My parents didn't have a sweep-you-off-your-feet sort of romance. They were both too practical for that. But they loved each other and saw the goodness each possessed. Soon they found themselves planning their wedding, their lives, and their future. About three weeks before the wedding, my dad had some concerns. He worried he might not be able to live up to my mom's expectations. My dad and she spent a few days apart and then talked about their expectations, which weren't major. My mom asked him to be baptized Greek Orthodox. No problem. My mom knew Dad wasn't the most romantic person in the world. Fine. Once they realized that they did want the same thing, they had a double wedding with my mom's brother and his wife on June 10, 1951.

After a few years in New York City, they got a call from my mom's sister and her husband, who'd moved to Los Angeles. So they loaded up the truck and they moved to Beverly...I mean, Hollywood. Swimming pools, movie stars, and the beginnings of a family. My mom was pregnant with my sister soon after arriving. Three and a half years after that, I was born (so I could spill the beans on my parents in a national magazine), and then, two years later, my brother.

On the weekends, my dad would pile us all into the Batmobile, a 1950-something black Plymouth convertible with a push-button transmission, which resembled Bruce Wayne's very car, and take us to Griffith Park, in the shade of the Griffith Observatory, for his weekly volleyball game. My mom would wrangle us to fill jugs of water from a spout emerging from a stone wall that was supposedly "spring" water. Hey, in Greece water came out of a spring, why not in Hollywood? At home after the game, my dad would barbecue, Greek-style (no Southern barbecue sauce for us, only oregano, garlic, and lemon), and as the sun set, we kids would watch TV as my parents cleaned up.

I never remember my parents complaining. I never heard either of them say they were tired, or bored, or mad. I remember my dad saying, "God bless America" practically every day of my life. I remember my dad and his brother building an addition to our house one summer while we decamped to Oceanside to be near the beach and away from the dusty construction. I remember my mom sewing our bedspreads, curtains, and clothes and cooking Greek food but also making peanut butter and jelly sandwiches in an attempt to assimilate. I remember my parents laughing together.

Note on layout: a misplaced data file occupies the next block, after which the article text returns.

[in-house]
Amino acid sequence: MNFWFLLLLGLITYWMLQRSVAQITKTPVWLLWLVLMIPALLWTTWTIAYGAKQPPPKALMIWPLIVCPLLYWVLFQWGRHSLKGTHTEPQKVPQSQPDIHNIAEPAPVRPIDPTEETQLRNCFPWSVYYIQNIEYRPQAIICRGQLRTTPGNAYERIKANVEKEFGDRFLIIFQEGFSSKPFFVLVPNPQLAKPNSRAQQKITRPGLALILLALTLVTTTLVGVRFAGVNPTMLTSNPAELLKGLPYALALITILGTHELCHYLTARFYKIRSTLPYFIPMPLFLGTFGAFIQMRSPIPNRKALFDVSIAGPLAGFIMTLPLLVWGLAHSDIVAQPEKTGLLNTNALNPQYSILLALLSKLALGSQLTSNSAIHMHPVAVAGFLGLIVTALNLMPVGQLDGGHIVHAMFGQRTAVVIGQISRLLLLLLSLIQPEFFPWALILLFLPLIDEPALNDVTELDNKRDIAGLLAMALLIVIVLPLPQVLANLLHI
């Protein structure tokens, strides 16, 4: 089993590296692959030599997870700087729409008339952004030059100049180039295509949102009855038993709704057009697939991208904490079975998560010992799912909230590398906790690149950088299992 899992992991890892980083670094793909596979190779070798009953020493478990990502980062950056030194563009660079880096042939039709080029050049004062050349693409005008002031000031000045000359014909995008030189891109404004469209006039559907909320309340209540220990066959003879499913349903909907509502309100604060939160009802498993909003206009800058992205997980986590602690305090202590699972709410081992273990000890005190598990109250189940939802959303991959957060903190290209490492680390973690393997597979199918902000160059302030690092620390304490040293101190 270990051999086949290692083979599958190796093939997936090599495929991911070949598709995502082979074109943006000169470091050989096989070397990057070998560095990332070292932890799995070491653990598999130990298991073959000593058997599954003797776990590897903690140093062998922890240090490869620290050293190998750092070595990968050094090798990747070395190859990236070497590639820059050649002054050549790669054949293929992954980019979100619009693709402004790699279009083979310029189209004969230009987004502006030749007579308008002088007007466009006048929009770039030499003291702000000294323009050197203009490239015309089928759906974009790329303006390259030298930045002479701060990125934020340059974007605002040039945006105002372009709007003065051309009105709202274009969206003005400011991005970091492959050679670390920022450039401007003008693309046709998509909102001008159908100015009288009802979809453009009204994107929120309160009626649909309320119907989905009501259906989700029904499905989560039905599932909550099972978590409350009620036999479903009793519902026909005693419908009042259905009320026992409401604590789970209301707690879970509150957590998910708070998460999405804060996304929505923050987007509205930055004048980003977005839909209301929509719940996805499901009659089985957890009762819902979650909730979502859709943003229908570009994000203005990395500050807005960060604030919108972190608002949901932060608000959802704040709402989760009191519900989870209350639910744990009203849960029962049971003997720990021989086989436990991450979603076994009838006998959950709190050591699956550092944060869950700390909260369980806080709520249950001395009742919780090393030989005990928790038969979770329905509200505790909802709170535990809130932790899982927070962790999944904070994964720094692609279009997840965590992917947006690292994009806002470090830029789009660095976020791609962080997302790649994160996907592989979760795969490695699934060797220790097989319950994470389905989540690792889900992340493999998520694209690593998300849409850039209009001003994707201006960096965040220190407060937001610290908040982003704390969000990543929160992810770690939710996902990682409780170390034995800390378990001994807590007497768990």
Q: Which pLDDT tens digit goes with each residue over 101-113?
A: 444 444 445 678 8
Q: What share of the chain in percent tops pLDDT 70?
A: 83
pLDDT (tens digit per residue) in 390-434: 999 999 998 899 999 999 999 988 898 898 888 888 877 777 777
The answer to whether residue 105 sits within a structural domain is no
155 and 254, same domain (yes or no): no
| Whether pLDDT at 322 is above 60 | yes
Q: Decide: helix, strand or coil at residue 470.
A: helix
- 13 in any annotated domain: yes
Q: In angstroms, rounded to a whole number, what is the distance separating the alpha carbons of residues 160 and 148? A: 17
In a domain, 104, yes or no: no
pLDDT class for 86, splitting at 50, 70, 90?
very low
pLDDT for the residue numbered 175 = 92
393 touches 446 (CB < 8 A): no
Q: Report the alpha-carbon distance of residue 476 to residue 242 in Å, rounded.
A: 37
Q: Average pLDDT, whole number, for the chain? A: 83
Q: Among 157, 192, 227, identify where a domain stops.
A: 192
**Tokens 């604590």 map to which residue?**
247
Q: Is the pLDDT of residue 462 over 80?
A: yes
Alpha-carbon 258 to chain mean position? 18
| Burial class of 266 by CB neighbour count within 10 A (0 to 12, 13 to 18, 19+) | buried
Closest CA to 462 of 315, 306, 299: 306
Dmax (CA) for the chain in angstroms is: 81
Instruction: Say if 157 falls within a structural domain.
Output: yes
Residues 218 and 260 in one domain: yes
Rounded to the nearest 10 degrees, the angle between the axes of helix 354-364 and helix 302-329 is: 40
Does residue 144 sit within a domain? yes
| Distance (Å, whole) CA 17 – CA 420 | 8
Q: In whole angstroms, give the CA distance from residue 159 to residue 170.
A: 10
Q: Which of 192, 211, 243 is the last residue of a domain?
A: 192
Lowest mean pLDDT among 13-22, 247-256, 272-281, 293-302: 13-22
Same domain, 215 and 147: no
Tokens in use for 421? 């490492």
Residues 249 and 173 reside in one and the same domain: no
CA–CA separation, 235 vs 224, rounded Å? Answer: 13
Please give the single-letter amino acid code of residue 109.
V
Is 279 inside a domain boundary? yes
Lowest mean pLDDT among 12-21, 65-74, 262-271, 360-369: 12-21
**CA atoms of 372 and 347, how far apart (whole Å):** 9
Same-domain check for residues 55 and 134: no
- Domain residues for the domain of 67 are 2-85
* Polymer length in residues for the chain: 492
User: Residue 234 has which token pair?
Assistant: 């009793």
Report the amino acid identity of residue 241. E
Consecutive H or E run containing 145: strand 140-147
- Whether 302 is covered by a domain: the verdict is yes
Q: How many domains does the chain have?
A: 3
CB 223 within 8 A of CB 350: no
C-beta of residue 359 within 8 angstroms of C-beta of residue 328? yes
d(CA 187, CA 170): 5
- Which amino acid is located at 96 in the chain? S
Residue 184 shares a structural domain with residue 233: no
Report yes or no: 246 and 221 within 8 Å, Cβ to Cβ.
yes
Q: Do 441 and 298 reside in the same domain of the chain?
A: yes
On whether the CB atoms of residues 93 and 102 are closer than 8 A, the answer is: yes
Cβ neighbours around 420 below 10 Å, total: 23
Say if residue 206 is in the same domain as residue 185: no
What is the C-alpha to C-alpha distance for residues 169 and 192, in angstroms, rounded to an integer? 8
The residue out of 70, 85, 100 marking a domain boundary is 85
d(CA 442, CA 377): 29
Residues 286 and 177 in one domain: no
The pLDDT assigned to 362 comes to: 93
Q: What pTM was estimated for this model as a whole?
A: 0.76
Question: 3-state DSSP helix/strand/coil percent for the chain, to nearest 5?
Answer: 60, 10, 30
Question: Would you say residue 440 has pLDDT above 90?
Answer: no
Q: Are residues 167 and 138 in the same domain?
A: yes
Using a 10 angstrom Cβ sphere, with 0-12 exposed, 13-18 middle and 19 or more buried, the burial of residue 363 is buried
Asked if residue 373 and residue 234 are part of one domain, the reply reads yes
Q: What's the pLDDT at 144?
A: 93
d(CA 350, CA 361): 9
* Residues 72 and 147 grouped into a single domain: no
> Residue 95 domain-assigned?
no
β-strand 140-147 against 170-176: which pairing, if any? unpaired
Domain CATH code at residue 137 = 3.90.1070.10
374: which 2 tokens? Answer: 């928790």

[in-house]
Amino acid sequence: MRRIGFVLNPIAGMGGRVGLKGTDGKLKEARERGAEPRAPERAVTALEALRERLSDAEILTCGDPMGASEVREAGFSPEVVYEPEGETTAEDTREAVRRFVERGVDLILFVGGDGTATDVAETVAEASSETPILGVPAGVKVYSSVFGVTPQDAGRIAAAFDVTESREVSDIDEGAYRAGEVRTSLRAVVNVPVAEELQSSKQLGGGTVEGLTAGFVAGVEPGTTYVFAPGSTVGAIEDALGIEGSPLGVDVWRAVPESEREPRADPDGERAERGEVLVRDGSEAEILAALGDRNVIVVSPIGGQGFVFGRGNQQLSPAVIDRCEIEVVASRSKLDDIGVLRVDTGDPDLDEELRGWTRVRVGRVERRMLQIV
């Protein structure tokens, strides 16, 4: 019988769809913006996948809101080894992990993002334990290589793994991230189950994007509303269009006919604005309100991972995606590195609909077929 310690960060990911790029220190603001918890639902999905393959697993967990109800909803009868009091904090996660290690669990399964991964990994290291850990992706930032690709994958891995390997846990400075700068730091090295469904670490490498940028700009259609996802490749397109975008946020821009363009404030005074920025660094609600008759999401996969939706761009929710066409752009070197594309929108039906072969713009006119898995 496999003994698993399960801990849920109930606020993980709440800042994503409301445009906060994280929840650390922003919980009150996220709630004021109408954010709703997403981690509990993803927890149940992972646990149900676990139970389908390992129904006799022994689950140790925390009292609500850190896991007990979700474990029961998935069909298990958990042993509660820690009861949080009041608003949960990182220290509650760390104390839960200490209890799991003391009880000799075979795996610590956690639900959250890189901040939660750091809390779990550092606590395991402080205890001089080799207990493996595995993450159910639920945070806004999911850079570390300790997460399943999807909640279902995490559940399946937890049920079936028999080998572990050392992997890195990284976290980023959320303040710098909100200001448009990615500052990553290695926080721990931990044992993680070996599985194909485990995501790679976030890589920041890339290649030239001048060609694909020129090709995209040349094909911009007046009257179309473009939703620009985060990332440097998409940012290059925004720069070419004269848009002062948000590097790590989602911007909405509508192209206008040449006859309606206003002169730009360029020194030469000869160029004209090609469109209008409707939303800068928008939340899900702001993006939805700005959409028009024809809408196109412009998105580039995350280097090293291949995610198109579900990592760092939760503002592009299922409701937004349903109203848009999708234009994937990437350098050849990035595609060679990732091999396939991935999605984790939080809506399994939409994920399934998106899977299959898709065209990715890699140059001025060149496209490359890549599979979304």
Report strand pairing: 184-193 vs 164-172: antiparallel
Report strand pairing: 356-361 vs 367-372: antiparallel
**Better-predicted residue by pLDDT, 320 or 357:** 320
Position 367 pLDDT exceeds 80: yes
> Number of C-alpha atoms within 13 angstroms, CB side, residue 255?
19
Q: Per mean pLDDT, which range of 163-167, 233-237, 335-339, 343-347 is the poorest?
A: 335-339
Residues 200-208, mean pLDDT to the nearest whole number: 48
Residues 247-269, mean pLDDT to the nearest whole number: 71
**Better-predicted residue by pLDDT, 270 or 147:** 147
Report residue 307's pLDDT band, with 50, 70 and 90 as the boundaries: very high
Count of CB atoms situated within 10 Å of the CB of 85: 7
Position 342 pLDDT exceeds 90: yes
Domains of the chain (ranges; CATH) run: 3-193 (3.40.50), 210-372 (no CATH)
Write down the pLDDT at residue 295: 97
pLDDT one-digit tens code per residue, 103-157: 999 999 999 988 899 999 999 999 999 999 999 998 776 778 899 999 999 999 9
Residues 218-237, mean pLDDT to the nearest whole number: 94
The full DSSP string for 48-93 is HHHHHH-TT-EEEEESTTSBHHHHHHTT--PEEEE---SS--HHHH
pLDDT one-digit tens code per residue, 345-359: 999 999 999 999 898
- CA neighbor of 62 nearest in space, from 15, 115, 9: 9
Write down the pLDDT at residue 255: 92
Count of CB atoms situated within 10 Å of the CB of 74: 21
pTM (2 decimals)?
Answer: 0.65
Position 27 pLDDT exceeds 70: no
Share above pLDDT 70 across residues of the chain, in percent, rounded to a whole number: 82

Not only did my parents laugh, they cracked us up, too. Get this: My mom would do impersonations of all the kids in the neighborhood. You haven't lived until you've heard a Greek immigrant lady say "bitchin'." My dad had his own special talents, as well. On one outing to the zoo, as we came upon the hyena cage, my dad started howling like a wolf and made the hyenas howl back at him. We could not believe that there, in the middle of Los Angeles, my dad was making hyenas talk to him. So, my mom could impersonate kids and my dad could impersonate animals. Go figure. We were like a Disney movie with an accent.

And now I'm here in the car on a Sunday, thinking, "Who knew? My mom not only impersonates teens but can also pretend she has been happy all these years. Because now she is saying maybe she made a mistake?" I remember something else she recently said about relationships. She announced, in her imitable Greek accent: "You know how they say, 'Opposites attract'? Well, later on, opposites attack!" I'm about to find out either that after 56 years of marriage my mom has been the Best Actress Ever or that the "opposition" has been attacking for some time unbeknownst to me. I tell my husband to make a left, not follow the car in front too closely (not that I'm bossy), and ask my mom what exactly she means.


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